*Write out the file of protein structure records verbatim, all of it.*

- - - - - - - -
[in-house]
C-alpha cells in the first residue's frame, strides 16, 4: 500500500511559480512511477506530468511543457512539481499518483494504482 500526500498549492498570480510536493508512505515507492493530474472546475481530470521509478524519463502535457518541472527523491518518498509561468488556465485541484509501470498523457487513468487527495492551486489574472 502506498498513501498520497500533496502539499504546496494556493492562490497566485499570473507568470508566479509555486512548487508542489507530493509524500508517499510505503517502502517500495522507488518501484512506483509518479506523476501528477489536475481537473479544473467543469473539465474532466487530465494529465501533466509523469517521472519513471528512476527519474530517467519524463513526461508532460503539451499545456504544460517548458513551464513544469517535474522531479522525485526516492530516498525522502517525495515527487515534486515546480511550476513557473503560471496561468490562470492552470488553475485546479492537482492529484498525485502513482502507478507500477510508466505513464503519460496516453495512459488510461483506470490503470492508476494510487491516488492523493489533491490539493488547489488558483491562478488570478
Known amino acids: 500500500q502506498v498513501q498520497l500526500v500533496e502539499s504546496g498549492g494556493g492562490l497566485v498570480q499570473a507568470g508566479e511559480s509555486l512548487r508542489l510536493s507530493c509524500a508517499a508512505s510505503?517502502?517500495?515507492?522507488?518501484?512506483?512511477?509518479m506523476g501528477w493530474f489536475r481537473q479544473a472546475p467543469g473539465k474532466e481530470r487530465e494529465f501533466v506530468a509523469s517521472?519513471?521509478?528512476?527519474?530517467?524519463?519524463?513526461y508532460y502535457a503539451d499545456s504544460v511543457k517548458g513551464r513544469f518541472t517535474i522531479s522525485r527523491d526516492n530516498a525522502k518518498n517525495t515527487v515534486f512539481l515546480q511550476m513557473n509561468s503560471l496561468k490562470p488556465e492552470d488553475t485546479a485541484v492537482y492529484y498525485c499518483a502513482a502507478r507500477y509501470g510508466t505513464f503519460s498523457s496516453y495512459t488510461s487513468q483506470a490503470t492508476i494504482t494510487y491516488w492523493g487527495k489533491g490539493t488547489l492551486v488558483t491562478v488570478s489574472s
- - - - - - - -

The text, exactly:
[in-house]
C-alpha cells in the first residue's frame, strides 16, 4: 500500500511559480512511477506530468511543457512539481499518483494504482 500526500498549492498570480510536493508512505515507492493530474472546475481530470521509478524519463502535457518541472527523491518518498509561468488556465485541484509501470498523457487513468487527495492551486489574472 502506498498513501498520497500533496502539499504546496494556493492562490497566485499570473507568470508566479509555486512548487508542489507530493509524500508517499510505503517502502517500495522507488518501484512506483509518479506523476501528477489536475481537473479544473467543469473539465474532466487530465494529465501533466509523469517521472519513471528512476527519474530517467519524463513526461508532460503539451499545456504544460517548458513551464513544469517535474522531479522525485526516492530516498525522502517525495515527487515534486515546480511550476513557473503560471496561468490562470492552470488553475485546479492537482492529484498525485502513482502507478507500477510508466505513464503519460496516453495512459488510461483506470490503470492508476494510487491516488492523493489533491490539493488547489488558483491562478488570478
Known amino acids: 500500500q502506498v498513501q498520497l500526500v500533496e502539499s504546496g498549492g494556493g492562490l497566485v498570480q499570473a507568470g508566479e511559480s509555486l512548487r508542489l510536493s507530493c509524500a508517499a508512505s510505503?517502502?517500495?515507492?522507488?518501484?512506483?512511477?509518479m506523476g501528477w493530474f489536475r481537473q479544473a472546475p467543469g473539465k474532466e481530470r487530465e494529465f501533466v506530468a509523469s517521472?519513471?521509478?528512476?527519474?530517467?524519463?519524463?513526461y508532460y502535457a503539451d499545456s504544460v511543457k517548458g513551464r513544469f518541472t517535474i522531479s522525485r527523491d526516492n530516498a525522502k518518498n517525495t515527487v515534486f512539481l515546480q511550476m513557473n509561468s503560471l496561468k490562470p488556465e492552470d488553475t485546479a485541484v492537482y492529484y498525485c499518483a502513482a502507478r507500477y509501470g510508466t505513464f503519460s498523457s496516453y495512459t488510461s487513468q483506470a490503470t492508476i494504482t494510487y491516488w492523493g487527495k489533491g490539493t488547489l492551486v488558483t491562478v488570478s489574472s